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When Do You Know You’re a Writer?

At some point any person who has lifted a pen, swallowed a fifth of vodka, and decided to write a novel will have to make a decision. A decision that will change their lives, their business cards, and most importantly, their dental plan.

They have to decide when to call themselves a “writer.”

That title, writer, is as subjective as they come; a term coined by the devil while sitting on Chaucer’s bones, flossing with Milton’s small intestine and reading King’s “Under the Dome.” Terrifying in its grandeur, intimidating in its simplicity.

So, at what point do you change your Facebook page from “Aspiring Author” to “Writer?” Where is the line, the moderator, the person who says you’ve made it? When do you give your boss the middle finger, stock up on Ramen, and decide to make this hobby your career?

No one person can tell you when you’re a writer (but pretend I didn’t say that until the end, ok?). But there are some signs you’re on your way.

-Call yourself a damn writer, already.

Hey, I can give you a checklist of writerly wisdom, point you in the direction of the liquor market and push, but you’re never going to walk until you decide you’re a writer.

There comes a day when you have to look in the mirror and call yourself a writer (and while you’re there, check out those bags under your eyes. We call those Merit Badges. Get used to them). You have to introduce yourself as a writer. You have to sign your emails “Gertrude P. Morgenstern, Writer.” You have to make a big, flashy, banner on your desktop that says “I’m here to write, because I’m a writer, and that’s a thing we do.”

Now all we need is a Ramen badge

No one’s going to take that step for you.

That said, I don’t subscribe to the theory that just because you write you should immediately call yourself a writer. There’s a learning curve, an apprenticeship, a trade you must study before you can stand upright, flask in hand, and declare yourself a wordsmith. Trust me, it sounds like more gatekeeping, but this is a good thing. If I had started calling myself a “writer” when I was twenty I would have never improved. And I needed to improve, because I sucked when I was twenty. A lot.

The title “writer” is something you reach for, a brass ring. Something that motivates you. It’s a term that commands respect, because it signifies someone who has studied the deeper mysteries, the dark crevices of writerly lore and come back in one piece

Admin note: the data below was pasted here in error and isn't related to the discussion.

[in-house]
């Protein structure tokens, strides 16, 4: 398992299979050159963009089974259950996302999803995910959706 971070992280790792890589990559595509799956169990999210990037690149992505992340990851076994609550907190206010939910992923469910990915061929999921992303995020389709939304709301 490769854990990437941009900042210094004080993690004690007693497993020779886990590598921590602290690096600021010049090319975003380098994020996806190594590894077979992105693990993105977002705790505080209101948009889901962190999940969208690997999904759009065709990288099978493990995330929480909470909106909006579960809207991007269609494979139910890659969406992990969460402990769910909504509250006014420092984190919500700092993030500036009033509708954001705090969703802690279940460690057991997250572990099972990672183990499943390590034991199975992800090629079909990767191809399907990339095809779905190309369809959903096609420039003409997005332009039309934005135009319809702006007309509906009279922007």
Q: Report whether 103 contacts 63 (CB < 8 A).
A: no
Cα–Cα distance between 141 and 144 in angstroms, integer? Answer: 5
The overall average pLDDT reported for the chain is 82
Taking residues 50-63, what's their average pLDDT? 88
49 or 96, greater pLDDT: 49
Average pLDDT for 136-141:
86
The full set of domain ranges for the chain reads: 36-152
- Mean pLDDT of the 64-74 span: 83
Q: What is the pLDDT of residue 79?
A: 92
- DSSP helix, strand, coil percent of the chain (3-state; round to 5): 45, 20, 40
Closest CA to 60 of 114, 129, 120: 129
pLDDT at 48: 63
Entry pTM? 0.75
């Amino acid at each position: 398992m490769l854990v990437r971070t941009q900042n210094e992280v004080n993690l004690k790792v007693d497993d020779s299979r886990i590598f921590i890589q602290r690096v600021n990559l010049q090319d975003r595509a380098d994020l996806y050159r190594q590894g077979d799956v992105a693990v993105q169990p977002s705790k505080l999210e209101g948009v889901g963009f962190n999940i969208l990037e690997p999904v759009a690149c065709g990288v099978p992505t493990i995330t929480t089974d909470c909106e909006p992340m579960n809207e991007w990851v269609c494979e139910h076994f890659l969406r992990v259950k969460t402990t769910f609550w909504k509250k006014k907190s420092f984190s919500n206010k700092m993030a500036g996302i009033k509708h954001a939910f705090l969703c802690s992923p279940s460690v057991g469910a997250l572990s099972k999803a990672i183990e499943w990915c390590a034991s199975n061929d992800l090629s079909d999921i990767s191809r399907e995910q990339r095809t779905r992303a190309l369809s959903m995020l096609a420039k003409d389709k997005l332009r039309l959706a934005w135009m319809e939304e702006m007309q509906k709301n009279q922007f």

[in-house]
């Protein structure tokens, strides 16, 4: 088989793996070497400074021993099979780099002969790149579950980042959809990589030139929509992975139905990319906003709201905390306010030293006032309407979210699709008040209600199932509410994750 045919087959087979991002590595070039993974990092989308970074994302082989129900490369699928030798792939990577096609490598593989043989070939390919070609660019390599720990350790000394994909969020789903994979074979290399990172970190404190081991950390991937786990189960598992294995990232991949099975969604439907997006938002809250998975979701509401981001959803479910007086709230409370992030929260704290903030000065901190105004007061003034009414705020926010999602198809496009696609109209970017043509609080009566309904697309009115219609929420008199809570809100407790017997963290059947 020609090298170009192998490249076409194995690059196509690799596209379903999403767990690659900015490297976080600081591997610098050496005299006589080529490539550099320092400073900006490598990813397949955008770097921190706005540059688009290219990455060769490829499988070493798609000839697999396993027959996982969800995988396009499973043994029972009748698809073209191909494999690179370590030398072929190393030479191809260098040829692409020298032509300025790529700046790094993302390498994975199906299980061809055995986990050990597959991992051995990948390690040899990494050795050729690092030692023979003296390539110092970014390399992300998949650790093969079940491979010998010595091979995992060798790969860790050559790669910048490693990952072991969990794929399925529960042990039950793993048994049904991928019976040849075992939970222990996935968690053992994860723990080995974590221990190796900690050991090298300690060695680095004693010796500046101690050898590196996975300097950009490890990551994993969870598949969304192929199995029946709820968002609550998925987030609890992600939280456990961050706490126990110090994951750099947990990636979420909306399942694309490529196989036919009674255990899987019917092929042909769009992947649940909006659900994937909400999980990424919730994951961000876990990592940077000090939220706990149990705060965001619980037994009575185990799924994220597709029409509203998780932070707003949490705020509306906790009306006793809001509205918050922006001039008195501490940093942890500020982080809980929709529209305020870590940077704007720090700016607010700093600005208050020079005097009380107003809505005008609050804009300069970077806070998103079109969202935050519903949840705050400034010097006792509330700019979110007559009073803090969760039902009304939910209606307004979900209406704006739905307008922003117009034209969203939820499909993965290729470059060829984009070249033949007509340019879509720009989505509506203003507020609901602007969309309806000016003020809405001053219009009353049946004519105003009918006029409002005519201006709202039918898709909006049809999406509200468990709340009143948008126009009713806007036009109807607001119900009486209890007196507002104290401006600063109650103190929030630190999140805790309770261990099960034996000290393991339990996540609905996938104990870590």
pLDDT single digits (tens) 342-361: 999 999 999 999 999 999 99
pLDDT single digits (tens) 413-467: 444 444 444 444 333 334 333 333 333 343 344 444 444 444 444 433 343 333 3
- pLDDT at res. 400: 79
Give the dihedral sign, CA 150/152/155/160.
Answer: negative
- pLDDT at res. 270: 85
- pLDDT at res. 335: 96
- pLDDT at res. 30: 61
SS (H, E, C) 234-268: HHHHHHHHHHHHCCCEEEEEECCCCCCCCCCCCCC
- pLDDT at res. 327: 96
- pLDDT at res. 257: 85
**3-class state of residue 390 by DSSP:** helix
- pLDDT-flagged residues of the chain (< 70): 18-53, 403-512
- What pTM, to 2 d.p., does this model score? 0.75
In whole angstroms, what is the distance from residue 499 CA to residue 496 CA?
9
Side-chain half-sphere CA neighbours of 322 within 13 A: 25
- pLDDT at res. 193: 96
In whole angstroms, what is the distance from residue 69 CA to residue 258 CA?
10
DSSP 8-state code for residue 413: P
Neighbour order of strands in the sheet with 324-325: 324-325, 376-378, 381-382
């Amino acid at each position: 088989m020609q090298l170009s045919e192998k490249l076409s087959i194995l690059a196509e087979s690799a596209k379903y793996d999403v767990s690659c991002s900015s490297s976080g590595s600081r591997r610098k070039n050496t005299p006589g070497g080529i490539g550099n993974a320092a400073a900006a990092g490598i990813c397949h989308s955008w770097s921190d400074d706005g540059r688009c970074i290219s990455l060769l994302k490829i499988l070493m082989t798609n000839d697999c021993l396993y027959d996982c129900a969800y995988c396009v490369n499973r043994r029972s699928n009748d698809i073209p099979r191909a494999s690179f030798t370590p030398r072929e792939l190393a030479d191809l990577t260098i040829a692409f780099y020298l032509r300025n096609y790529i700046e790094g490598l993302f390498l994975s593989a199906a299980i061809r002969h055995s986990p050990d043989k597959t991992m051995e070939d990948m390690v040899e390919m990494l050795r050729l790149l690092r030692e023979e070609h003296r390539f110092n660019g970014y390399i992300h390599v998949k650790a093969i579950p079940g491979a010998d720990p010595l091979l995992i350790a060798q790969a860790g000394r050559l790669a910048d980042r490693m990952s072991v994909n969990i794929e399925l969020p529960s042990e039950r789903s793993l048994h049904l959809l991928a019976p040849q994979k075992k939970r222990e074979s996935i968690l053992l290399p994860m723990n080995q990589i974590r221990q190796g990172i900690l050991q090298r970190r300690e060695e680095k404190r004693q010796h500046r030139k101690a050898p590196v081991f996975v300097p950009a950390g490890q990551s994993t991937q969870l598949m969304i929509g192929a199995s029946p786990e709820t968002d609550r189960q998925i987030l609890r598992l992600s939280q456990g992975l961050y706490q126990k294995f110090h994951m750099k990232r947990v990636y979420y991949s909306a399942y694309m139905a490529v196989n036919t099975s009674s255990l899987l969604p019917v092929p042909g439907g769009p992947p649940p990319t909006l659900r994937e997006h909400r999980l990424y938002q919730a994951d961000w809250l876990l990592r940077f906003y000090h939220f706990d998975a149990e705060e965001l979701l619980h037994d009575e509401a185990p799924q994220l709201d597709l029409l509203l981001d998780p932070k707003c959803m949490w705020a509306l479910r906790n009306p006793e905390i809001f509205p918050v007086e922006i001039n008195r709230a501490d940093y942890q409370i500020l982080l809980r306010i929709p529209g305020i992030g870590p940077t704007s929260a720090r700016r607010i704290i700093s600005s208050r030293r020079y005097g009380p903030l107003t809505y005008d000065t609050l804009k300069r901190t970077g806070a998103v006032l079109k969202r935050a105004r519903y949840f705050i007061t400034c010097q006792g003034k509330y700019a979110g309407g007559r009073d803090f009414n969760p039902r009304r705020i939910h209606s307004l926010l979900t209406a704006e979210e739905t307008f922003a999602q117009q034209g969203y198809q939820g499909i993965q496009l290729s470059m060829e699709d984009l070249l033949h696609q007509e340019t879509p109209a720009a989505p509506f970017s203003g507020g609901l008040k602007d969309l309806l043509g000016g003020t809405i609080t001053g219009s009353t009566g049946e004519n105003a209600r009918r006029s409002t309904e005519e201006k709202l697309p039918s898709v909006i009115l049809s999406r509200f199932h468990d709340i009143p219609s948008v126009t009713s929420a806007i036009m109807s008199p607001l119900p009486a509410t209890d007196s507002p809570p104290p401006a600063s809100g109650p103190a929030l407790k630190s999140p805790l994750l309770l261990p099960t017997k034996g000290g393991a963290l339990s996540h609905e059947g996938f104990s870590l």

And once you’ve done all that, and seen the things that can’t be unseen (What happens at WorldCon stays at WorldCon), it’s time to own up and call yourself a damn writer, already.

Time to publish

I’ve said it before, I’ll say it again: you can’t write in a vacuum. You have to share your work. If no one’s reading your prose (or poetry, it swings both ways) you might as well be pissing in a well, because readers make writers. And that means publishing.

It’s fine and good to have your friends critique your story—they should, that’s what friends are for—but your craft won’t improve without input from the world at large, so strap on your big boy pants and start polishing your query letter. It’s possible you’ll get rejected. Hell, it’s close to certain. But, believe it or not, that’s a good thing because remember those Merit Badges we just talked about? Rejection is the bastard king of Merit Badges.

Put simply, you can’t call yourself a writer if you haven’t faced rejection.

Start practicing your signature. That contract’s getting closer.

And when it comes to publication, yeah, rejection’s going to happen. But something else will happen, too. Something special, magical, fragrant (uh…yeah)—someone besides your mom is going to read your prose and tell you it’s good. It may take a while. It may take a loooooong while, but it’ll happen eventually, and when it does?

Well, then you get to call yourself a writer.


Awwwwww, yeah, son. Time to make that paper.

You know what separates a professional musician from a garage band? An equity actor from a community theater? A porn star from a porn, uh, wannabe? (Is that a thing? I’d better do some research.)

They all get paid.

Artists get paid for their work. That’s the difference between a hobby and a career.

Now, your first foray into publishing might be pro bono. That’s alright, we all start somewhere. You have to get your foot in the door, grease some hinges (or whatever passes for hinges in publishing, like I don’t know…booze?), and network.

So, yeah, once or twice for free is great. But writer’s should get paid for their work. If you’re giving the cow away and then there’s some milk, and the Big Six Publishing houses drink that milk and…uh…where was I going?

I believe the term is “Make it rain.”

Oh! Right. Money.

Pay the writer.

And I’ll tell you now, the first time you get a check for copy you wrote…well, it doesn’t get better than that. That mean’s you’ve made it, writer.

Now start printing those business cards.


Image credits:
Pen and PaperCreative Commons via LucasTheExperience 
Soldering Badge” Creative Commons via adafruit
So, I Got a Book Contract” Creative Commons via Frank McMains
Money” Creative Commons via 401(k) 2012
About nicwidhalm (46 Articles)
Nic Widhalm is a writer based out of Colorado, and specializes in stories of change, juxtaposition, and things that go bump in the night. You can visit him at

2 Trackbacks / Pingbacks

  1. Can’t Anyone be a Writer? « The Waking Den
  2. 9 Ways to Kick Rejection in the Teeth « Nic Widhalm is Mad

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